What's your name?

Luke tells a fantastic story in chapter 8 about a demon-possessed man who lived among the dead. He had been written off a long time ago by his community who saw him as that crazy man no one wanted anything to do with. He lived like a beast with foul body odor that probably wreaked of human excrement. He was the only member of the Garasene Naturist Club. We know he was a danger to himself and others, because he had been chained many times (and broke free). The dead were his only companions.

We don't know his backstory or anything about him. What was his life like before? Who was his mother? Was he married, and did he have kids? What songs did he like to sing? We only know what he was like when Jesus met him.

Getting off the boat, the man ran to Jesus and fell at his feet saying, "What do you want with me?" What's remarkable to me is that the demons ran TOWARD Jesus and bowed down, as though compelled by the Laws of the Universe which says, "One day every knee shall bow -- in heaven and on earth -- and every tongue confess that Jesus Christ is Lord..." The demons recognized Jesus and said, "You are the Son of the Most High God!" Then Jesus asked the demons a question:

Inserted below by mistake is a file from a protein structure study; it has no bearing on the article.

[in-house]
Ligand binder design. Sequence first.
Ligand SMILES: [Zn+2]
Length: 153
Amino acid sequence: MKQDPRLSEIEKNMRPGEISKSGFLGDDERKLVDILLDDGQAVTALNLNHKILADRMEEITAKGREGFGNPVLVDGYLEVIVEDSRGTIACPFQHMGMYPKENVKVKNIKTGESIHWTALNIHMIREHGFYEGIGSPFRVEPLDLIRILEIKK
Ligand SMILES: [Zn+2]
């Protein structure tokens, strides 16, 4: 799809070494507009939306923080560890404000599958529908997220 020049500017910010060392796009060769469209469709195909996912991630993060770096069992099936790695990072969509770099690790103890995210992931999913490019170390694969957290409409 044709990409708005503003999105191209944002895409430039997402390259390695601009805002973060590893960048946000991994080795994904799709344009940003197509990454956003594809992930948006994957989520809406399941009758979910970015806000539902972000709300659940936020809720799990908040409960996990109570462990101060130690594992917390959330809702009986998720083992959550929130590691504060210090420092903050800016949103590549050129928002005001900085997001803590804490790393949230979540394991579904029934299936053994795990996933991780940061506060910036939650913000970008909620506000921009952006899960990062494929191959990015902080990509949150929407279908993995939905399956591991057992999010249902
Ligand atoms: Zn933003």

What is your name?

It's a good question. What is the name of that thing that possesses our lives? What is the name of that thing in full control of us? If it steals, kills, and destroys, I can guarantee you it ain't from God!

Here's the hope for us:

1] Jesus knows our demons -- what is in control of us. He knows our history and our experiences, and he meets us where we are at (chained up, stinking, and in our tombs).

2] Jesus can restore our lives and set us free. In Christ, nothing is unredeemable; no one is unredeemable! Nothing is beyond the reach of God's ability to restore!

3] We, too, will want to follow Jesus. When the man was set free, his response was to go with Jesus, but Jesus sent him to share the good news with his family and community.

This is a powerful story of grace and redemption! Every week, I meet people locked up in their own chains and tombs. Some of them freak me out. My instinct, like the villagers, is to keep my distance. Mercy gives me strength to meet people where they are at and introduce them to the one who redeems.